DiFranco’s is a small Italian restaurant that uses simple, seasonal ingredients from local Colorado farms to make food just like grandma used to make back in Italy. From the scratch-made chicken parm sandwich (with Denver’s best red sauce) to the penne with prosciutto vodka sauce, the tiny Golden Triangle café might seem unassuming and low-key from the outside, but the line of hungry people out the door on a Tuesday night proves that DiFranco’s has clearly found its niche.
Ryan DiFranco grew up in a family where there was always a pot of sauce on the stove and the love of fresh Italian food was unmistakable. He had worked in the restaurant industry for several years before relocating to Denver to work as the bar manager at Hillstone. While living in the Beauvallon, he noticed how much first floor retail space was available and began making plans to bring his spin on Italian food to Denver – a chef-driven, quick-service restaurant that focused on simple and seasonal cuisine. In May 2012, he opened DiFranco’s with recipes that were passed down from his Italian grandmother, mother and aunt, as well as creations from his staff. The simplicity and craftsmanship of the house-made pastas (including the fettuccine served with Italian sausage, kale and a delicious artichoke cilantro pesto) brought immediate credibility to the first-time restaurateur. Ryan’s heavy emphasis on sourcing local, organic ingredients also differentiates DiFranco’s from other establishments in the area and keeps customers coming back.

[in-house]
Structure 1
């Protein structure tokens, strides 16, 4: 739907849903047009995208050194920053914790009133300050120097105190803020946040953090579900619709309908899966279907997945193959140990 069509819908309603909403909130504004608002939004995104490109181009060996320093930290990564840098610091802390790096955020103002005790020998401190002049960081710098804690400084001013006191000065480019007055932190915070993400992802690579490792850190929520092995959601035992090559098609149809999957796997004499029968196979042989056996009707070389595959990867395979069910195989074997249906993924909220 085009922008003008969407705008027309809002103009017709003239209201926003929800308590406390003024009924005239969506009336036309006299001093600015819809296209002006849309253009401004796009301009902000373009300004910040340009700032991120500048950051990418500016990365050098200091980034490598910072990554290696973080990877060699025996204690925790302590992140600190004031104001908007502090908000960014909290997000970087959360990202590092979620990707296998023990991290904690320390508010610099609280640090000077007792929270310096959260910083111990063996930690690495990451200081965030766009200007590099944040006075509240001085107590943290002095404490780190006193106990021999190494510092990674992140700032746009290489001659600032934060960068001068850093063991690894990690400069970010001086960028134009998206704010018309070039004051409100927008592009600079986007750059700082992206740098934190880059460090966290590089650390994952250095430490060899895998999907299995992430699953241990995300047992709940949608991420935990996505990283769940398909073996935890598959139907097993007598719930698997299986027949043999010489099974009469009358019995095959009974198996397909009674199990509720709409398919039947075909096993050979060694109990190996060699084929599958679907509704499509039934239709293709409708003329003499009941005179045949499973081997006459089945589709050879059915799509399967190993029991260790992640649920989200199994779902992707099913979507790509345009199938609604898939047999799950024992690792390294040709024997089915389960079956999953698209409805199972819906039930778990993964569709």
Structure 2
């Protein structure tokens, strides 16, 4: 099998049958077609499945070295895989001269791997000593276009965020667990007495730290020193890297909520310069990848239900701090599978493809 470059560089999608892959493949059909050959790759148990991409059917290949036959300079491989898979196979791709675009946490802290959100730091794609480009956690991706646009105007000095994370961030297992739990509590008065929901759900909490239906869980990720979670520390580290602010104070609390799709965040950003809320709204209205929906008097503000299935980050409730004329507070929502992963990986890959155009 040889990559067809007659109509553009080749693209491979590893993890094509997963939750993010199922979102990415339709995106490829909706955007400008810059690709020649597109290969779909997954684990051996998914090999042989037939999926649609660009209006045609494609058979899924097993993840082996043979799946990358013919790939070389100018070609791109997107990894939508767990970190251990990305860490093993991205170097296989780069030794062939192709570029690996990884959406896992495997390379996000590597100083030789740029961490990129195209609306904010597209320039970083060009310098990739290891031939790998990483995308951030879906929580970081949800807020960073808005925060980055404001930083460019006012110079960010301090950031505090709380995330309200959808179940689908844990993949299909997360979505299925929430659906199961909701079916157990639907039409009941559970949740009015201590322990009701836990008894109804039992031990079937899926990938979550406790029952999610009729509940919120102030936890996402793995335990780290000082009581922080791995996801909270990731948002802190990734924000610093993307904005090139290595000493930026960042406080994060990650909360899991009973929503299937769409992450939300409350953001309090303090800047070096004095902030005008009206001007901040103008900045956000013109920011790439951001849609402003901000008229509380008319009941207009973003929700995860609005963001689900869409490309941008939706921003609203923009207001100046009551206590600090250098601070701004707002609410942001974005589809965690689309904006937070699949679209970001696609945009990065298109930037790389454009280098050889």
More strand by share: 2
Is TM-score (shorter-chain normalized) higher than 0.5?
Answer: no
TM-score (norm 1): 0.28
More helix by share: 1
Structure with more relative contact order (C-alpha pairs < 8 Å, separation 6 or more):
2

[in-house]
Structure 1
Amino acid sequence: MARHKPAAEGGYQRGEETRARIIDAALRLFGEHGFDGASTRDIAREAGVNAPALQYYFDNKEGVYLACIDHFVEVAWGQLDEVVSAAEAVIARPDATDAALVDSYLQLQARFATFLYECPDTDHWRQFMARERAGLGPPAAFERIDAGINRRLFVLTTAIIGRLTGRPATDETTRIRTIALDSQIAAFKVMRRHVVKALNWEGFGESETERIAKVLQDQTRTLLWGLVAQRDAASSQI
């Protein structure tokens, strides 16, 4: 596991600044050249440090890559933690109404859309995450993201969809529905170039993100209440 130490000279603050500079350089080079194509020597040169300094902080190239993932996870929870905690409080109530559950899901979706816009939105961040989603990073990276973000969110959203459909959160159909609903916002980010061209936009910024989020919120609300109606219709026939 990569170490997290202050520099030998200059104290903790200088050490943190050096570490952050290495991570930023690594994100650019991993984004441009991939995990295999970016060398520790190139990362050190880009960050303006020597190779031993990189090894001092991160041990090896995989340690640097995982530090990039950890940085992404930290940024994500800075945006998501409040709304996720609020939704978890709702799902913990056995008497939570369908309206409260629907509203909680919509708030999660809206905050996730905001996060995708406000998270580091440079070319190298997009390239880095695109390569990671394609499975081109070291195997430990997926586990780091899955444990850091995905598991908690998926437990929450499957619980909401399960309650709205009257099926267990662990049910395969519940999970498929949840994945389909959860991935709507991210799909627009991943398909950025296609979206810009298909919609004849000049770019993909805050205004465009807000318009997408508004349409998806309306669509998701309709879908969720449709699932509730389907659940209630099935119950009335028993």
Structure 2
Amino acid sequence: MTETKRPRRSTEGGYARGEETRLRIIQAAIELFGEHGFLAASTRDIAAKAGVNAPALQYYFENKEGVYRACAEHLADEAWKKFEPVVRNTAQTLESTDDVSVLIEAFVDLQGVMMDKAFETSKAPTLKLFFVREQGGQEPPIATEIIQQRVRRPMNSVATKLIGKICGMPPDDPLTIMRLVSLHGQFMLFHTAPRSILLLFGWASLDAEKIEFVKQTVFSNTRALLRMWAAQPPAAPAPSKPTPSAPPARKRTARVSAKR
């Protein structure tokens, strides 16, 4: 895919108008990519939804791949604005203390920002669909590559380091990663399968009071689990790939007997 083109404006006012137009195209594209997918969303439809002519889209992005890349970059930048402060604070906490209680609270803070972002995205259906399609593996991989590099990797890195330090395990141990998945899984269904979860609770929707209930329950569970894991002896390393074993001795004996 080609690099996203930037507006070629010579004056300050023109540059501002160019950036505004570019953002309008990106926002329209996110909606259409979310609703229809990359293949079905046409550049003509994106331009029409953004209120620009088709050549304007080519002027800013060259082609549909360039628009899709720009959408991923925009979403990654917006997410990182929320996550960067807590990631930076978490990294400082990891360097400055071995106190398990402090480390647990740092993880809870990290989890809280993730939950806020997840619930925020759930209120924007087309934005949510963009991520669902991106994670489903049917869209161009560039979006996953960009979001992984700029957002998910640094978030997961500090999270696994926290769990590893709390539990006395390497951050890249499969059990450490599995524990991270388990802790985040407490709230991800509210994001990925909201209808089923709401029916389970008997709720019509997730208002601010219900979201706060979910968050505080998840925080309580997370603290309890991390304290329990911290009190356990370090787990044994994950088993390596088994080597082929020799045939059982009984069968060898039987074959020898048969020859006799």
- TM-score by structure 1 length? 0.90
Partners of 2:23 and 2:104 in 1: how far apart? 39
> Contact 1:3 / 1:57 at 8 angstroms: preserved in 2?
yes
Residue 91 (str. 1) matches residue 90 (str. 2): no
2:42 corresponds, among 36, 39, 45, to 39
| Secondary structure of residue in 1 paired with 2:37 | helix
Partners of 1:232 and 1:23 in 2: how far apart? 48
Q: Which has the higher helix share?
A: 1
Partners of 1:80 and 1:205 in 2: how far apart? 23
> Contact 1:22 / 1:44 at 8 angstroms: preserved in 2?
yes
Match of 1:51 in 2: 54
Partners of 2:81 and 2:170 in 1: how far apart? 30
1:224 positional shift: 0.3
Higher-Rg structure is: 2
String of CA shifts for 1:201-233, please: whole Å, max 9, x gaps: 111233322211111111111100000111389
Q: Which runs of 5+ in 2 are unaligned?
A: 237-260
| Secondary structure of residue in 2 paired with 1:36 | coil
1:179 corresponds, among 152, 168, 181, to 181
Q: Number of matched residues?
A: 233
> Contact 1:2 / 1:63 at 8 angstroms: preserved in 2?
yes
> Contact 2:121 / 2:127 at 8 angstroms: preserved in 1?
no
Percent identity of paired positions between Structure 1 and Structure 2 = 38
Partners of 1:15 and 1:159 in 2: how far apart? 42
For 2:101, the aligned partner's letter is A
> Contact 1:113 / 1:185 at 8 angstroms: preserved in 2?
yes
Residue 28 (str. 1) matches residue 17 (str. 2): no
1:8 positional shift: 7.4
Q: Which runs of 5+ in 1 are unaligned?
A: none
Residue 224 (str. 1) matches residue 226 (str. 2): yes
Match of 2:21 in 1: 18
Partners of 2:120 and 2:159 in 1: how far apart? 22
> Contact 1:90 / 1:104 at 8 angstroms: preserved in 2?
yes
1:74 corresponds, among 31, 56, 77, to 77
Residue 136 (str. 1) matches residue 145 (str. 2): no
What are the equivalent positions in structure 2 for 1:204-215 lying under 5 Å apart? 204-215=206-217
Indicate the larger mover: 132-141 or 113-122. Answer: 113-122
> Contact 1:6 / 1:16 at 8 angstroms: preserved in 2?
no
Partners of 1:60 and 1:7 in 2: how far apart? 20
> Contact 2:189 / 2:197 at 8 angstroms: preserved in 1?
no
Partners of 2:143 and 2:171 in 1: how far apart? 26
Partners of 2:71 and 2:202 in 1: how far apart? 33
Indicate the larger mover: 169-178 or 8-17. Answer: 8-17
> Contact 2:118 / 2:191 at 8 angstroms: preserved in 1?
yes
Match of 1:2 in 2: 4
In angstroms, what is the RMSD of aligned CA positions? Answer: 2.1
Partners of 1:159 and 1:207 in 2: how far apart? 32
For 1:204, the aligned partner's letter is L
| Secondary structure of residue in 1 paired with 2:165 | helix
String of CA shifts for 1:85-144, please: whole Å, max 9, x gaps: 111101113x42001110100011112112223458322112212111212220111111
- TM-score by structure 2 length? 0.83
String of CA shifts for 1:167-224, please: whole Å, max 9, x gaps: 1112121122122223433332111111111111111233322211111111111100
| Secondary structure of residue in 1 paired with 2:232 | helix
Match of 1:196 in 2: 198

As a business school graduate, Ryan was well aware of the essentials of starting a business. He was also acutely aware of the pitfalls and difficulties he would face as he worked on his plan to bring his vision to life in the city of Denver. With a great location in the Golden Triangle and an eager staff, DiFranco worked tirelessly in the months after opening to spread the word and build a loyal customer base. One of his biggest hurdles during that time was managing his
hands-on involvement in the restaurant operations during the day then finding time in the evening to tackle the books. He spent hours upon hours with an Xcel spreadsheet, manually entering sales information into his QuickBooks Online account. Clearly this was not an effective use of his time.